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First POST: Clips

BY Miranda Neubauer | Wednesday, December 14 2011

In today's First POST, our roundup of news about technology in politics from around the web: Time on the "C-SPAN Campaign," concern from the U.N. that someone might spoof their identity online, live-tweeting now allowed in U.K. courts, much more. Read More

First POST: Strength

BY Miranda Neubauer | Thursday, December 8 2011

Campaign ads aimed at Iowa are getting a response across the country, especially when it comes to the topic of gay rights. A new campaign ad by Rick Perry, in which he emphasizes his Christian faith and opposition to ... Read More

First POST: Ballots

BY Miranda Neubauer | Tuesday, December 6 2011

Coming back to this later: First election monitors who crowdsourced reports of voting irregularities are repudiated by Russian authorities, then protesters take to the streets in the wake of elections in Russia. ... Read More

First POST: Blades

BY Nick Judd | Monday, December 5 2011

With Miranda Neubauer Stick a pin in this because we're coming back to it later: citizen-steered surveillance drones may share American skies with police-operated vehicles in the very near future. Writing for Salon, ... Read More

First POST: Rules

BY Miranda Neubauer | Friday, December 2 2011

Danny Sullivan from Search Engine Land takes an in-depth look at how Apple has been handling its first search-related scandal related to the iPhone's Siri not being able to find an abortion clinic. He notes that the ... Read More

First POST: Drippings

BY Nick Judd | Thursday, December 1 2011

In a recently released interview, State Department senior adviser for innovation Alec Ross gives a view from inside State on the impact of Wikileaks on its operations. (One you may have heard before; we have our own ... Read More

First POST: Documents

BY Nick Judd | Wednesday, November 30 2011

Another Occupy Wall Street tactic that's spreading: the bat signal. From the Portland Mercury: Thanks to a tip, I took the elevator to the eighth floor of the parking garage directly across the street from the building ... Read More

First POST: Lines

BY Nick Judd | Tuesday, November 29 2011

The new map of Massachusetts legislative districts that contributed to Rep. Barney Frank's (D-Mass) decision not to seek re-election next year. Source: Massachusetts State Legislature Kansas Gov. Sam Brownback (R) ... Read More

First POST: Stance

BY Nick Judd | Monday, November 28 2011

Activist Zainab Al-Khawaja blocked a police advance on protesters in Bahrain on Saturday and lived to tweet about it. Tomorrow, the Fight for the Future campaign against the Stop Online Piracy Act hopes to raise 50,000 ... Read More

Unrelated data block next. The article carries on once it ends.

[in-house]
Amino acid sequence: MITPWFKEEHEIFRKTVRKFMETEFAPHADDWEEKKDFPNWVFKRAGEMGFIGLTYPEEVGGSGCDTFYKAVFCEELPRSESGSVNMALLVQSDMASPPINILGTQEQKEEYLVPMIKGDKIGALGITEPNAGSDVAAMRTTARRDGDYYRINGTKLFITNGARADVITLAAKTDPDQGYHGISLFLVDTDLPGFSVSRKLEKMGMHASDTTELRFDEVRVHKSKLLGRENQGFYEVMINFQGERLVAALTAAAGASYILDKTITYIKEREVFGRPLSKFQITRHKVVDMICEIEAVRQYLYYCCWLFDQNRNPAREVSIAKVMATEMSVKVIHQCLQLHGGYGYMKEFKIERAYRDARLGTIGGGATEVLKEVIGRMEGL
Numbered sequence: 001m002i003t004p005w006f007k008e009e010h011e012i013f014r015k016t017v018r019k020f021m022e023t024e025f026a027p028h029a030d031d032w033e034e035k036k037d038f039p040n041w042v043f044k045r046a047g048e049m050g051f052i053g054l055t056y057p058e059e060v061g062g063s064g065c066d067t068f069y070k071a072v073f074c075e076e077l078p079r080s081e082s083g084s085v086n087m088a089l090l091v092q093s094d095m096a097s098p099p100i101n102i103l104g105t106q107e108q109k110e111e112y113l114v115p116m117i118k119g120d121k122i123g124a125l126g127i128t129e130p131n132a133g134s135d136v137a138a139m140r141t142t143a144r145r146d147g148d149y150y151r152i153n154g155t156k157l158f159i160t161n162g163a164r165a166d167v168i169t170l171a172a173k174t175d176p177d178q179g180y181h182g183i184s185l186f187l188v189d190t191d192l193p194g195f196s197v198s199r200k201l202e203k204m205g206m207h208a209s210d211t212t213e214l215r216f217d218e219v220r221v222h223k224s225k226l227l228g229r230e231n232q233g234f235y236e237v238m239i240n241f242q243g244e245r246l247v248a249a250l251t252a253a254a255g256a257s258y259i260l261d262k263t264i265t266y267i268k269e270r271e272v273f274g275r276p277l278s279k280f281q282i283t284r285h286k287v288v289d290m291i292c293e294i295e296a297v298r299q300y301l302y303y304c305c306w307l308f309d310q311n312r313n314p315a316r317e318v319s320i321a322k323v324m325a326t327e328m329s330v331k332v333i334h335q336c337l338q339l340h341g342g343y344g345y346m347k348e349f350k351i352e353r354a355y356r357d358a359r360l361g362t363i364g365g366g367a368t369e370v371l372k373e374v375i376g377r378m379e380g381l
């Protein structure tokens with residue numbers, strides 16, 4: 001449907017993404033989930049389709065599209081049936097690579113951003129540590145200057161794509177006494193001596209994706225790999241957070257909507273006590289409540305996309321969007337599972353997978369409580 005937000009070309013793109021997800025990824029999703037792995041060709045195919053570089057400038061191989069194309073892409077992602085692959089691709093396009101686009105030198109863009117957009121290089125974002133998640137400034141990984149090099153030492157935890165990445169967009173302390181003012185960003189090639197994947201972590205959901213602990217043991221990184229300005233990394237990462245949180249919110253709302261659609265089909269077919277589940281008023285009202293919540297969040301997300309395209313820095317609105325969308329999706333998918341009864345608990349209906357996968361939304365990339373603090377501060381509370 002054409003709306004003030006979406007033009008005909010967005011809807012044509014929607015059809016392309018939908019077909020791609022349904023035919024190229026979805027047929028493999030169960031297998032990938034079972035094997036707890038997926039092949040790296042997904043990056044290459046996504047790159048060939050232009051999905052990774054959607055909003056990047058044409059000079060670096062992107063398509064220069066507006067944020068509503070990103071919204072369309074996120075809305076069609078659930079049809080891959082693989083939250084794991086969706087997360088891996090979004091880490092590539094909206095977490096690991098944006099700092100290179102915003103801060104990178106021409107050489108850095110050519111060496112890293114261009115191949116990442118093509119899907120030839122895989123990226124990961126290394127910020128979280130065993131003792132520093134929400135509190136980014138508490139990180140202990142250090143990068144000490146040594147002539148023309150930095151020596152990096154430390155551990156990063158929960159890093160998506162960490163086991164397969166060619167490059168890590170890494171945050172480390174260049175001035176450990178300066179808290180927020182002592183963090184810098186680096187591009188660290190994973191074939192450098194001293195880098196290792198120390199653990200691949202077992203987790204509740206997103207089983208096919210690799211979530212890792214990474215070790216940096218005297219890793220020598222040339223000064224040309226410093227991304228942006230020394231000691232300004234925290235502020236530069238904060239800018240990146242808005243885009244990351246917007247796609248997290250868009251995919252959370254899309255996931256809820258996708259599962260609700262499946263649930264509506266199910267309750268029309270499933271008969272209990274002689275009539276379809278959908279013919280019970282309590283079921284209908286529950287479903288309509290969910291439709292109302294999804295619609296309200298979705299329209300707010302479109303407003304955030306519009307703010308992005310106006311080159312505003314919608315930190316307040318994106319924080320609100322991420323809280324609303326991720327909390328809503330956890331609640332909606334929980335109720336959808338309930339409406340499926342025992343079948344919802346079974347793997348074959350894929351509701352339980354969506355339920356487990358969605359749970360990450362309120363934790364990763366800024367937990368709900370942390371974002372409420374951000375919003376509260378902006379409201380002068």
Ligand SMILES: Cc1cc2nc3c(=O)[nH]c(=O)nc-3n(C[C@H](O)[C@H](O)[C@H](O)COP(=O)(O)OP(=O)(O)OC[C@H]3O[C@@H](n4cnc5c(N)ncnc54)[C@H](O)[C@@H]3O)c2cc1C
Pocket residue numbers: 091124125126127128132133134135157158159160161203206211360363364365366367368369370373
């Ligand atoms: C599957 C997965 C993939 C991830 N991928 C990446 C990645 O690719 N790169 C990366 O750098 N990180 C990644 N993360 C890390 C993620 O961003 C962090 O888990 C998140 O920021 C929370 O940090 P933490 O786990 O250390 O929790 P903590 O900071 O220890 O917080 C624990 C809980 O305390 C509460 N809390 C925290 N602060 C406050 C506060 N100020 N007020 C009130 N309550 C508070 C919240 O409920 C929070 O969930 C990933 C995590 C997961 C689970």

First POST: Advice

BY Nick Judd | Wednesday, November 23 2011

In the spirit of the season: The obligatory presidential turkey pardon, a definitive history. Thanksgiving advice from this commenter on Amazon.com, discussing the merits of pepper spray as a condiment — maybe ... Read More

News Briefs

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In Mexico, A Wiki Makes Corporate Secrets Public

Earlier this year the Latin American NGO Poder launched Quién Es Quién Wiki (Who's Who Wiki), a corporate transparency project more than two years in the making. The hope is that the platform will be the foundation for a citizen-led movement demanding transparency and accountability from businesses in Mexico. Data from Quién Es Quién Wiki is already helping community activists mobilize against foreign companies preparing to mine the mountains of the Sierra Norte de Puebla.

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NY Study Shows How Freedom of Information Can Inform Open Data

On New York State's open data portal, the New York Department of Environmental Conservation has around 40 data resources of varying sizes, such as maps of lakes and ponds and rivers, bird conservation areas and hiking trails. But those datasets do not include several data resources that are most sought after by many New York businesses, a new study from advocacy group Reinvent Albany has found. Welcome to a little-discussed corner of so-called "open government"--while agencies often pay lip service to the cause, the data they actually release is sometimes nowhere close to what is most wanted. GO

Responding to Ferguson, Activists Organize #NMOS14 Vigils Across America In Just 4 Days

This evening peaceful crowds will gather at more than 90 locations around the country to honor the victims of police brutality, most recently the unarmed black teenager, Michael Brown, who was shot and killed by a police officer in Ferguson, Missouri, on Saturday. A moment of silence will begin at 20 minutes past 7 p.m. (EST). The vigils are being organized almost entirely online by the writer and activist Feminista Jones (@FeministaJones), with help from others from around the country who have volunteered to coordinate a vigil in their communities. Organizing such a large event in only a few days is a challenge, but in addition to ironing out basic logistics, the National Moment of Silence (#NMOS14) organizers have had to deal with co-optation, misrepresentation, and Google Docs and Facebook pages that are, apparently, buckling under traffic.

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